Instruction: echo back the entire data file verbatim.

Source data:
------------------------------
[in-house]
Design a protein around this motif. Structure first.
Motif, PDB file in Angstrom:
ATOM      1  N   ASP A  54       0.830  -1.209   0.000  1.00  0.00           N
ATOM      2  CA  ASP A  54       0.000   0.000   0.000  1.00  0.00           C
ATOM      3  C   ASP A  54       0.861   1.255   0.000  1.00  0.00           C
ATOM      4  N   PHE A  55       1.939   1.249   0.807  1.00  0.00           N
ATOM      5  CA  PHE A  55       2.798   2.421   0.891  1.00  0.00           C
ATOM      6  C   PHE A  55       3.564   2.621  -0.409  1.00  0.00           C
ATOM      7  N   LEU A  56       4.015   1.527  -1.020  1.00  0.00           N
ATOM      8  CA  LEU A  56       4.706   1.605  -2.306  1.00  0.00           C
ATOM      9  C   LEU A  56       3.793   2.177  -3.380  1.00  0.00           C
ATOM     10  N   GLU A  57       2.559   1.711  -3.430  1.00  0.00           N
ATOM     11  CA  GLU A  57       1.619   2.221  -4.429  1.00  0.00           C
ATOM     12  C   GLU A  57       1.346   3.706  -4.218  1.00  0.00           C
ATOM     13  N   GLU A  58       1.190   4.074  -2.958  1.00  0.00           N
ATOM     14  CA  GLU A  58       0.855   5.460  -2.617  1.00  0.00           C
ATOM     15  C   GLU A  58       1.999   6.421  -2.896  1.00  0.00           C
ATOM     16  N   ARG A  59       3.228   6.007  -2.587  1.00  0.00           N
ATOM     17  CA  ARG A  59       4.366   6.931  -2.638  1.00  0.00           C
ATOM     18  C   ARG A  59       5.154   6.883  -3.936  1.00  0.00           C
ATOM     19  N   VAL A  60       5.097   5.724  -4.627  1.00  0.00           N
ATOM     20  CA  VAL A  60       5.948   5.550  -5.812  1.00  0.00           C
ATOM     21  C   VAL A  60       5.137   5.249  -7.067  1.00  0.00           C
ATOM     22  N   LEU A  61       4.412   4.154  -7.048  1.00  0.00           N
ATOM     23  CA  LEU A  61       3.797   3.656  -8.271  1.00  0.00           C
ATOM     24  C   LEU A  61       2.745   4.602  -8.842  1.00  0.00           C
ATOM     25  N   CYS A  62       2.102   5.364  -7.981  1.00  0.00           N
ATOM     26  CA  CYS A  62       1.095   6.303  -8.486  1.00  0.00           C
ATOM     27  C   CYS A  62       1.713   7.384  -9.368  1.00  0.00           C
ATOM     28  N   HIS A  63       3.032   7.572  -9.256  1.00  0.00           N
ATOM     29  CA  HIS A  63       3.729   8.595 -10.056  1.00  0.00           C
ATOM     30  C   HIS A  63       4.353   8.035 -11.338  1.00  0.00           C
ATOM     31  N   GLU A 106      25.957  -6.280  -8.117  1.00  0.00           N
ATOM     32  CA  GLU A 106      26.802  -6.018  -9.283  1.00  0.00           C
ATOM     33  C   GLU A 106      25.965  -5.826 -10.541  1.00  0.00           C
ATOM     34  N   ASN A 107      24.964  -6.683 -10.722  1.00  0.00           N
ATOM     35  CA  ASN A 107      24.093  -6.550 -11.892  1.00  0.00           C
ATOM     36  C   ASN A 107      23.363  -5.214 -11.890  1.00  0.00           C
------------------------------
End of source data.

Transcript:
[in-house]
Design a protein around this motif. Structure first.
Motif, PDB file in Angstrom:
ATOM      1  N   ASP A  54       0.830  -1.209   0.000  1.00  0.00           N
ATOM      2  CA  ASP A  54       0.000   0.000   0.000  1.00  0.00           C
ATOM      3  C   ASP A  54       0.861   1.255   0.000  1.00  0.00           C
ATOM      4  N   PHE A  55       1.939   1.249   0.807  1.00  0.00           N
ATOM      5  CA  PHE A  55       2.798   2.421   0.891  1.00  0.00           C
ATOM      6  C   PHE A  55       3.564   2.621  -0.409  1.00  0.00           C
ATOM      7  N   LEU A  56       4.015   1.527  -1.020  1.00  0.00           N
ATOM      8  CA  LEU A  56       4.706   1.605  -2.306  1.00  0.00           C
ATOM      9  C   LEU A  56       3.793   2.177  -3.380  1.00  0.00           C
ATOM     10  N   GLU A  57       2.559   1.711  -3.430  1.00  0.00           N
ATOM     11  CA  GLU A  57       1.619   2.221  -4.429  1.00  0.00           C
ATOM     12  C   GLU A  57       1.346   3.706  -4.218  1.00  0.00           C
ATOM     13  N   GLU A  58       1.190   4.074  -2.958  1.00  0.00           N
ATOM     14  CA  GLU A  58       0.855   5.460  -2.617  1.00  0.00           C
ATOM     15  C   GLU A  58       1.999   6.421  -2.896  1.00  0.00           C
ATOM     16  N   ARG A  59       3.228   6.007  -2.587  1.00  0.00           N
ATOM     17  CA  ARG A  59       4.366   6.931  -2.638  1.00  0.00           C
ATOM     18  C   ARG A  59       5.154   6.883  -3.936  1.00  0.00           C
ATOM     19  N   VAL A  60       5.097   5.724  -4.627  1.00  0.00           N
ATOM     20  CA  VAL A  60       5.948   5.550  -5.812  1.00  0.00           C
ATOM     21  C   VAL A  60       5.137   5.249  -7.067  1.00  0.00           C
ATOM     22  N   LEU A  61       4.412   4.154  -7.048  1.00  0.00           N
ATOM     23  CA  LEU A  61       3.797   3.656  -8.271  1.00  0.00           C
ATOM     24  C   LEU A  61       2.745   4.602  -8.842  1.00  0.00           C
ATOM     25  N   CYS A  62       2.102   5.364  -7.981  1.00  0.00           N
ATOM     26  CA  CYS A  62       1.095   6.303  -8.486  1.00  0.00           C
ATOM     27  C   CYS A  62       1.713   7.384  -9.368  1.00  0.00           C
ATOM     28  N   HIS A  63       3.032   7.572  -9.256  1.00  0.00           N
ATOM     29  CA  HIS A  63       3.729   8.595 -10.056  1.00  0.00           C
ATOM     30  C   HIS A  63       4.353   8.035 -11.338  1.00  0.00           C
ATOM     31  N   GLU A 106      25.957  -6.280  -8.117  1.00  0.00           N
ATOM     32  CA  GLU A 106      26.802  -6.018  -9.283  1.00  0.00           C
ATOM     33  C   GLU A 106      25.965  -5.826 -10.541  1.00  0.00           C
ATOM     34  N   ASN A 107      24.964  -6.683 -10.722  1.00  0.00           N
ATOM     35  CA  ASN A 107      24.093  -6.550 -11.892  1.00  0.00           C
ATOM     36  C   ASN A 107      23.363  -5.214 -11.890  1.00  0.00           C